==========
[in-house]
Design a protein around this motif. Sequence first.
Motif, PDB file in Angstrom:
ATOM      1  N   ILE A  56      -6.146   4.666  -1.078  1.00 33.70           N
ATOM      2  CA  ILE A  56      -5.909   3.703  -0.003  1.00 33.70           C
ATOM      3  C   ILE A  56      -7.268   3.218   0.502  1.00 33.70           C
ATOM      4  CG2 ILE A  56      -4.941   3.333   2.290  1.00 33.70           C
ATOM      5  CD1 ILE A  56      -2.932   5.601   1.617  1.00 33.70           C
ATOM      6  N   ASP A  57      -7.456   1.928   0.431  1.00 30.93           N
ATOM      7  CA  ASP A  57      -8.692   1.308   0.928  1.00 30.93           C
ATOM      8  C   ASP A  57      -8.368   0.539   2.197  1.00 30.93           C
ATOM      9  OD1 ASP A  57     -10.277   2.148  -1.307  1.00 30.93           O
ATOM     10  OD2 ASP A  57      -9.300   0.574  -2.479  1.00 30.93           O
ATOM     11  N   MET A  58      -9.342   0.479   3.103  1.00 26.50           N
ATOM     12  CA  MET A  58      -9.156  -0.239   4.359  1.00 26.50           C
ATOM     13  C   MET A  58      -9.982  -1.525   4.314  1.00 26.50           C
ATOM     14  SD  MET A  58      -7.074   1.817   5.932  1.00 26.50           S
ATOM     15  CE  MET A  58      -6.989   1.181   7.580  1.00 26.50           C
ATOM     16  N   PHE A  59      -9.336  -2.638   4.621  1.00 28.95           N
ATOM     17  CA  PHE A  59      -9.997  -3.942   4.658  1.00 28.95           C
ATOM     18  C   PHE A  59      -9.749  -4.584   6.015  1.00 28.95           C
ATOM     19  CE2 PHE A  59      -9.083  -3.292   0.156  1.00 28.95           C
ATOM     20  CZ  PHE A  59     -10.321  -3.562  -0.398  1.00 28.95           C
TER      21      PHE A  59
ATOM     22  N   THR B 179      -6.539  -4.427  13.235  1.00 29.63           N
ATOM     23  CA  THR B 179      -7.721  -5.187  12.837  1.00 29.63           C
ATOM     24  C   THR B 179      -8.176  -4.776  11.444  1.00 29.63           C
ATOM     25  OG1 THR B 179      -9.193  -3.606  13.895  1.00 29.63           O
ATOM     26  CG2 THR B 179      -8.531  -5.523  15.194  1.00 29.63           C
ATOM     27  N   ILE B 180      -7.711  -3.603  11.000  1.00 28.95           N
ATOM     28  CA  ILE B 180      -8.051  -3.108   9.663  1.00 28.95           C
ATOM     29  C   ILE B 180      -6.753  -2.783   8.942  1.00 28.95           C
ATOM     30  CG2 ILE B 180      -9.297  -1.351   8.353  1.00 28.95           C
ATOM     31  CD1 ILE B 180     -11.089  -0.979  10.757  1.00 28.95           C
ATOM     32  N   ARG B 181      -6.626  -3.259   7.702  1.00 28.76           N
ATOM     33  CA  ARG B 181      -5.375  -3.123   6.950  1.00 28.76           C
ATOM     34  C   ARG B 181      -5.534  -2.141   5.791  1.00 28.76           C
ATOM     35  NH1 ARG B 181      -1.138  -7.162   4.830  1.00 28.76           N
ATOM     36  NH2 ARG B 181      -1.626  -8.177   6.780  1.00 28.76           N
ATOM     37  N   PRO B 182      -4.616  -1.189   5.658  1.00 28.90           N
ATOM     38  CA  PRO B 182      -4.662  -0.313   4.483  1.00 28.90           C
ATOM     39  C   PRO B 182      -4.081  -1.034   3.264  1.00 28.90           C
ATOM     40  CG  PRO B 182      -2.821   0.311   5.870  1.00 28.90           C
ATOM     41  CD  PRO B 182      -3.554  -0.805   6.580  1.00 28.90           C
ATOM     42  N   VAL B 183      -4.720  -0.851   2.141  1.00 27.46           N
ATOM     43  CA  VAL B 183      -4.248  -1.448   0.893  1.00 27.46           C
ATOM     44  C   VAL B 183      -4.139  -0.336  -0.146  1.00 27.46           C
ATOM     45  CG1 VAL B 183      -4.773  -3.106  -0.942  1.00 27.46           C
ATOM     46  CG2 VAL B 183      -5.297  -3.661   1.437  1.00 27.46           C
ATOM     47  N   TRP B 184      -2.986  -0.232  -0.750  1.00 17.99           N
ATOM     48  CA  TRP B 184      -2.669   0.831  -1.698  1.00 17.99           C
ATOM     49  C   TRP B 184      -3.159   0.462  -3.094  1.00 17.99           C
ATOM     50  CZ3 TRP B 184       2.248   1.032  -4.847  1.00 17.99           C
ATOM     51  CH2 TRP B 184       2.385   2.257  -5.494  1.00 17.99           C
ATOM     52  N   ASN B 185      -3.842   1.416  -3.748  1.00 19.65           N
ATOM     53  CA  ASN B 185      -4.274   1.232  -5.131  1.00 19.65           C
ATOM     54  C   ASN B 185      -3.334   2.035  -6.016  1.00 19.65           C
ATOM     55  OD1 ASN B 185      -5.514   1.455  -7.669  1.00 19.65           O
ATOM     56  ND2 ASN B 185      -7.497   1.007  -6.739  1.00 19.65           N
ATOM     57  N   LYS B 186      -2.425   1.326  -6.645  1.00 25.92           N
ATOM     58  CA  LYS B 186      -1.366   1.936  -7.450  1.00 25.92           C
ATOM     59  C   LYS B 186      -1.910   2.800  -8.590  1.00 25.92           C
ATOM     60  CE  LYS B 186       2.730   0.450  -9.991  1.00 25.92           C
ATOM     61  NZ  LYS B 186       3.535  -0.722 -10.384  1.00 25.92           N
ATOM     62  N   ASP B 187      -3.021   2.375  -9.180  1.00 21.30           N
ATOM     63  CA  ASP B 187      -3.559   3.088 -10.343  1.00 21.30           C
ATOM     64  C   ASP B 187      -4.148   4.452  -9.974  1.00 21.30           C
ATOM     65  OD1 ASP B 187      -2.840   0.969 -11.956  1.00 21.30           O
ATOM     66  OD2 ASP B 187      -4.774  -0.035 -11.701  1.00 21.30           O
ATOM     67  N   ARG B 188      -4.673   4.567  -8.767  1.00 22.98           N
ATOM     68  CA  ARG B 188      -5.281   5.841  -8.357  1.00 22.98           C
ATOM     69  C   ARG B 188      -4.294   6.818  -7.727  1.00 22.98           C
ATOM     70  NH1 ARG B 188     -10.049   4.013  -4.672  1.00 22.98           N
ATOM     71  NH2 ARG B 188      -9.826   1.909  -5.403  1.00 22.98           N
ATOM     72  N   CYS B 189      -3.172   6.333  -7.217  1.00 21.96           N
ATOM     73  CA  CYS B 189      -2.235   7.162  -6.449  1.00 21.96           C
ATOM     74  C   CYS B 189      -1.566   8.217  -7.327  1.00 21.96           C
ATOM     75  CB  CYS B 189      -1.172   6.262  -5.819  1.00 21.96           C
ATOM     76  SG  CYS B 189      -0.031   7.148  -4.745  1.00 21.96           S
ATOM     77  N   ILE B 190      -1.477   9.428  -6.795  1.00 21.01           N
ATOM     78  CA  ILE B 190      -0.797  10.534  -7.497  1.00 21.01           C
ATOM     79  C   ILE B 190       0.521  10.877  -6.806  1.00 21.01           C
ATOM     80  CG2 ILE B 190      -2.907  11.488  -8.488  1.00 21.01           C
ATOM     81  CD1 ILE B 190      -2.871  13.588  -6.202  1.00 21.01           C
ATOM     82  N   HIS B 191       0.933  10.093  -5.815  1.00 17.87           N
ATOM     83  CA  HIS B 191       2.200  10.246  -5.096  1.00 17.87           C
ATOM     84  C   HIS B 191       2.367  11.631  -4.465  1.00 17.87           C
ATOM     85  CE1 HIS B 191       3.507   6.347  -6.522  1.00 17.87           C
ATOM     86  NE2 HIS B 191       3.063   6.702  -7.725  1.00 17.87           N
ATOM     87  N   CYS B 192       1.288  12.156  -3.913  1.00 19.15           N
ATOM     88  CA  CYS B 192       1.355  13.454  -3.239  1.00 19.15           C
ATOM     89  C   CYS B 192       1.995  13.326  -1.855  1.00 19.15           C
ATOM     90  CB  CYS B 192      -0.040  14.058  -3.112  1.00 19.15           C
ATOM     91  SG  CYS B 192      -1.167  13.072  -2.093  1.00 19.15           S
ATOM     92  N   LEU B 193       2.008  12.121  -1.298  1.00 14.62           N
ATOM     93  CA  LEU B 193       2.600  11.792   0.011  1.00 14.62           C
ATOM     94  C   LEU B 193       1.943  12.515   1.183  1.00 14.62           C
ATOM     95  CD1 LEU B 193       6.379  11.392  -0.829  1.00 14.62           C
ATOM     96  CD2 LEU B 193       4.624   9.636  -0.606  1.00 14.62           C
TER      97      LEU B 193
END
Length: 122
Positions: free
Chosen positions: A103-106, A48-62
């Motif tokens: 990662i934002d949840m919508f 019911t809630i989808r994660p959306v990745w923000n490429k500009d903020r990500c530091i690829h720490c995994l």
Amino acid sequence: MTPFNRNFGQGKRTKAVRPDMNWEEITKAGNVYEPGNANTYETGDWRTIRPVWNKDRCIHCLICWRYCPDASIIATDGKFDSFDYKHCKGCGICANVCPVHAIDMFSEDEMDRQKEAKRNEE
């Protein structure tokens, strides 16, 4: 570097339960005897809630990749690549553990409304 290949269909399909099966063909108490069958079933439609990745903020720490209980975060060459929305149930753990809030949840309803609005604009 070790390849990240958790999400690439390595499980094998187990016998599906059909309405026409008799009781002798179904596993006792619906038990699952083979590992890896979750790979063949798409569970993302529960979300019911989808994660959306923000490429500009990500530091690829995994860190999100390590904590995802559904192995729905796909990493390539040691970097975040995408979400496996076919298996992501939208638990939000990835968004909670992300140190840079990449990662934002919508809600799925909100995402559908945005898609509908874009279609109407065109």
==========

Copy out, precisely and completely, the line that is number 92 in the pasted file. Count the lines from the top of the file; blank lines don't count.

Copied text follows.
ATOM     89  C   CYS B 192       1.995  13.326  -1.855  1.00 19.15           C